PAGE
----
Concerned about creepy-crawlies? Contact a licensed pest professional
It sounds like something straight from a sci-fi movie poster: “Brood X Is Coming: Billions of Cicadas Set to Swarm.” But while the East Coast, South, and Midwest have cause for concern, California is in the clear from this bug-eyed insect horde.
Made up of a combination of cicada species—Magicicada septendecim, Magicicada cassini, and Magicicada septendecula—Brood X gets its alarming-sounding name from the Roman numeral for “10.” This particular insect group, also known as the less-scary “Great Eastern Brood,” is number 10 of more than a dozen broods of periodical cicadas to emerge every 17 years or so in the United States, primarily east of the Mississippi River.
These periodical cicadas spend almost all of their lives underground in a wingless larval form, feeding on sap from tree roots. What is known is that they emerge when the soil temperature reaches 64 degrees Fahrenheit, but why they only emerge in unison every 17 years remains a major mystery. Once the periodical cicadas emerge, they molt and reach their winged form, mate, then lay their eggs in tree branches. The eggs then hatch after a few weeks, and the larvae drop to the ground and burrow to the roots, beginning the cycle again.
While periodical cicadas damage tree branches when laying their eggs and their molted husks drift across neighborhoods like unseasonable autumn leaves, they are most known for the males’ loud mating calls, which can reach a jackhammer-loud 100 decibels. Nevertheless, although they are noisy, periodical cicadas are definitely not destructive to homes or the environment.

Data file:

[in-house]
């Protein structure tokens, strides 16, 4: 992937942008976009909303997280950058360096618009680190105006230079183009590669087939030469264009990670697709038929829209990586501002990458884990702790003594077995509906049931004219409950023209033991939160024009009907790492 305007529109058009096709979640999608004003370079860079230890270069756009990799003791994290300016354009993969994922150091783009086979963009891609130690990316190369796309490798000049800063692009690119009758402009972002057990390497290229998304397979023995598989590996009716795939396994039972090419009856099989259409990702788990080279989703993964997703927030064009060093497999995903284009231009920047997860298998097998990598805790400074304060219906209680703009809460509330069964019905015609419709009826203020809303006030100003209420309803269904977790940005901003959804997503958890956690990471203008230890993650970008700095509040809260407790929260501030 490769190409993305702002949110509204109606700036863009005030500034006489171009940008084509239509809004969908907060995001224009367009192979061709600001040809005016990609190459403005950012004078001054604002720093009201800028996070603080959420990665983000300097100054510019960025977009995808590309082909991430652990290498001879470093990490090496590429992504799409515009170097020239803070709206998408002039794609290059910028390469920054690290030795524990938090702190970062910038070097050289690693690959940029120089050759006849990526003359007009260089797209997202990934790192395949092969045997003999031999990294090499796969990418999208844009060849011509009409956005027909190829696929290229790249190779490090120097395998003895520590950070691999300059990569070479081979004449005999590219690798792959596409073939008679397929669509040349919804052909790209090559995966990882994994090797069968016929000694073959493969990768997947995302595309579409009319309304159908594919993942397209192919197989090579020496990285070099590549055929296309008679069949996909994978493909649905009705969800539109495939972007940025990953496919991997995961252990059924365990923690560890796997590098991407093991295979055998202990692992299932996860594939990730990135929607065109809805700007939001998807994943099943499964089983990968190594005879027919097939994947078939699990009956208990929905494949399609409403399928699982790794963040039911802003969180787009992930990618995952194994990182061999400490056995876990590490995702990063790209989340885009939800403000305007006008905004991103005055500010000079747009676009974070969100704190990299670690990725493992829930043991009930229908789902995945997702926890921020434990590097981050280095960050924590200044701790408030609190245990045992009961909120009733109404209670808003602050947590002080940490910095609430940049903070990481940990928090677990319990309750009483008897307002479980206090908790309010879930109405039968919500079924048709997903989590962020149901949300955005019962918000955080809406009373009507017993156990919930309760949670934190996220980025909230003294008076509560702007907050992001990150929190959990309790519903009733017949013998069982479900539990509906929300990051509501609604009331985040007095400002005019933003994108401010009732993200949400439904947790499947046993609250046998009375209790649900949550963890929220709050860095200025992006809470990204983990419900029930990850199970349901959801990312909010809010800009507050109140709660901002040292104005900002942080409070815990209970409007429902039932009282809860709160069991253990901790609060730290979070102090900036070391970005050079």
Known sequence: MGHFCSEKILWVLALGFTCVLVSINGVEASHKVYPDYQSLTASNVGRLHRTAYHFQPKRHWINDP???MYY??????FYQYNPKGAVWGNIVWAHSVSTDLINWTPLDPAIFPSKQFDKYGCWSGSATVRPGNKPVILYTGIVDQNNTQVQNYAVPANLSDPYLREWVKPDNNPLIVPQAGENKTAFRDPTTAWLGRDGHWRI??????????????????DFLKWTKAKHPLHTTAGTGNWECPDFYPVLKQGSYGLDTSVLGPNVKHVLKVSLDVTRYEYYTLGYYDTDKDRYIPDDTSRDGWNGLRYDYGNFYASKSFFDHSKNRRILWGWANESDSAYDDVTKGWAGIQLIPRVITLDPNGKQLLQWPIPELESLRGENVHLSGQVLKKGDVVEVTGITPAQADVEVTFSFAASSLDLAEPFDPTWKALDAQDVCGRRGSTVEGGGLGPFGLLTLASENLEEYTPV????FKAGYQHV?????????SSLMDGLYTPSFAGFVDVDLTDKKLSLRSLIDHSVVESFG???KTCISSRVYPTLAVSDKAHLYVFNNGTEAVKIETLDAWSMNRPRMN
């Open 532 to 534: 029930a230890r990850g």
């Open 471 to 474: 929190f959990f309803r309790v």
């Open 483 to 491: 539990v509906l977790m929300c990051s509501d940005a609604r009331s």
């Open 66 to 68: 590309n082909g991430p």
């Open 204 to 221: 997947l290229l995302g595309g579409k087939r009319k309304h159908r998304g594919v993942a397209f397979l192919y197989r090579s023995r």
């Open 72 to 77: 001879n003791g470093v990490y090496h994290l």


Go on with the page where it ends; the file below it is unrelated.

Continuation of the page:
In contrast to this periodical-cicada drama, California cicadas embrace our state’s chill, laid-back lifestyle. While California has more than 60 native cicada species, they emerge fuss-free every spring to molt and make much quieter rasping or clicking mating calls than Brood X types. But just like their Eastern cousins, California cicadas aren’t destructive creatures and do not require pest-control efforts.
However, if you see bugs in or around your home and don’t know what they are or what to do, don’t take matters into your own hands with potentially dangerous or unnecessary pesticides: Contact a licensed professional for assistance. Licensees of the Department of Consumer Affairs’ Structural Pest Control Board are trained to help with questions, concerns, and safe and effective pest-control steps to take if needed. To check a professional’s license, visit https://search.dca.ca.gov.
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